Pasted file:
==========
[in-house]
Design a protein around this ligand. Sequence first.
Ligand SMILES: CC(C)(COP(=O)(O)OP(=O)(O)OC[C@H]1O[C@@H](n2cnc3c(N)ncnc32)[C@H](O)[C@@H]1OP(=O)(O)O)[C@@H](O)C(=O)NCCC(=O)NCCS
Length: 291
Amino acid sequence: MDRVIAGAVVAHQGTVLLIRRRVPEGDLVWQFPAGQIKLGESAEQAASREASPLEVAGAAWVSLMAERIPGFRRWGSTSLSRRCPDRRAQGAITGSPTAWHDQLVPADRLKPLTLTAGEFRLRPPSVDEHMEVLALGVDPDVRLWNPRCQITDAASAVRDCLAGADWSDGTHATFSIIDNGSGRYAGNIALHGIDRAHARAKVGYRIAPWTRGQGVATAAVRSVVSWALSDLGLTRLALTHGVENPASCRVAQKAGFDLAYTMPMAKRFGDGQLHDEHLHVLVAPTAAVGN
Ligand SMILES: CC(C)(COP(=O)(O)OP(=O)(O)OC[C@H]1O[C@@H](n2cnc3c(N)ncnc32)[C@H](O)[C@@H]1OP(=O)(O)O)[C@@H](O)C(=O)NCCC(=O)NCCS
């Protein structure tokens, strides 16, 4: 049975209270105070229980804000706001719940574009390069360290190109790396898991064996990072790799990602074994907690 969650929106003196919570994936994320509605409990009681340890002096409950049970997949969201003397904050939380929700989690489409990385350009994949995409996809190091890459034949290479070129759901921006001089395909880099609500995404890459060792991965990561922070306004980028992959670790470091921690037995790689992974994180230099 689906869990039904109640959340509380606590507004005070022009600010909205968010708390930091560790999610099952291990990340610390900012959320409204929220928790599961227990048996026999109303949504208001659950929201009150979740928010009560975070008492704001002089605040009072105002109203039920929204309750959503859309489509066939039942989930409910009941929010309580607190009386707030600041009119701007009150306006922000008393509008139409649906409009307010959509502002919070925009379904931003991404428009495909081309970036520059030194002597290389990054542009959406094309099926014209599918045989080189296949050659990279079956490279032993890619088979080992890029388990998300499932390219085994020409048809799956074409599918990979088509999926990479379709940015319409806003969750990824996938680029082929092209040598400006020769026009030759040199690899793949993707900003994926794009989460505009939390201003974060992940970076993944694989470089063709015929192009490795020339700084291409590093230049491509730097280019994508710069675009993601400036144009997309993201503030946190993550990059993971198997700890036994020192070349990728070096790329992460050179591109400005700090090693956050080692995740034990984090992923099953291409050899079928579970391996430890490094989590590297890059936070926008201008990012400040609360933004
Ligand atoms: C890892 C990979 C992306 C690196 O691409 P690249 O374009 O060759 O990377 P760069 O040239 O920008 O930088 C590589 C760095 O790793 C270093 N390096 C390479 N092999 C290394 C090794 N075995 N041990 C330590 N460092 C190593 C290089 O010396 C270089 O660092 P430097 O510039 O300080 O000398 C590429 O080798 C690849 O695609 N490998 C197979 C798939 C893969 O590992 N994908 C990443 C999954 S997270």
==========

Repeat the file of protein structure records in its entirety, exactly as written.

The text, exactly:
[in-house]
Design a protein around this ligand. Sequence first.
Ligand SMILES: CC(C)(COP(=O)(O)OP(=O)(O)OC[C@H]1O[C@@H](n2cnc3c(N)ncnc32)[C@H](O)[C@@H]1OP(=O)(O)O)[C@@H](O)C(=O)NCCC(=O)NCCS
Length: 291
Amino acid sequence: MDRVIAGAVVAHQGTVLLIRRRVPEGDLVWQFPAGQIKLGESAEQAASREASPLEVAGAAWVSLMAERIPGFRRWGSTSLSRRCPDRRAQGAITGSPTAWHDQLVPADRLKPLTLTAGEFRLRPPSVDEHMEVLALGVDPDVRLWNPRCQITDAASAVRDCLAGADWSDGTHATFSIIDNGSGRYAGNIALHGIDRAHARAKVGYRIAPWTRGQGVATAAVRSVVSWALSDLGLTRLALTHGVENPASCRVAQKAGFDLAYTMPMAKRFGDGQLHDEHLHVLVAPTAAVGN
Ligand SMILES: CC(C)(COP(=O)(O)OP(=O)(O)OC[C@H]1O[C@@H](n2cnc3c(N)ncnc32)[C@H](O)[C@@H]1OP(=O)(O)O)[C@@H](O)C(=O)NCCC(=O)NCCS
């Protein structure tokens, strides 16, 4: 049975209270105070229980804000706001719940574009390069360290190109790396898991064996990072790799990602074994907690 969650929106003196919570994936994320509605409990009681340890002096409950049970997949969201003397904050939380929700989690489409990385350009994949995409996809190091890459034949290479070129759901921006001089395909880099609500995404890459060792991965990561922070306004980028992959670790470091921690037995790689992974994180230099 689906869990039904109640959340509380606590507004005070022009600010909205968010708390930091560790999610099952291990990340610390900012959320409204929220928790599961227990048996026999109303949504208001659950929201009150979740928010009560975070008492704001002089605040009072105002109203039920929204309750959503859309489509066939039942989930409910009941929010309580607190009386707030600041009119701007009150306006922000008393509008139409649906409009307010959509502002919070925009379904931003991404428009495909081309970036520059030194002597290389990054542009959406094309099926014209599918045989080189296949050659990279079956490279032993890619088979080992890029388990998300499932390219085994020409048809799956074409599918990979088509999926990479379709940015319409806003969750990824996938680029082929092209040598400006020769026009030759040199690899793949993707900003994926794009989460505009939390201003974060992940970076993944694989470089063709015929192009490795020339700084291409590093230049491509730097280019994508710069675009993601400036144009997309993201503030946190993550990059993971198997700890036994020192070349990728070096790329992460050179591109400005700090090693956050080692995740034990984090992923099953291409050899079928579970391996430890490094989590590297890059936070926008201008990012400040609360933004
Ligand atoms: C890892 C990979 C992306 C690196 O691409 P690249 O374009 O060759 O990377 P760069 O040239 O920008 O930088 C590589 C760095 O790793 C270093 N390096 C390479 N092999 C290394 C090794 N075995 N041990 C330590 N460092 C190593 C290089 O010396 C270089 O660092 P430097 O510039 O300080 O000398 C590429 O080798 C690849 O695609 N490998 C197979 C798939 C893969 O590992 N994908 C990443 C999954 S997270």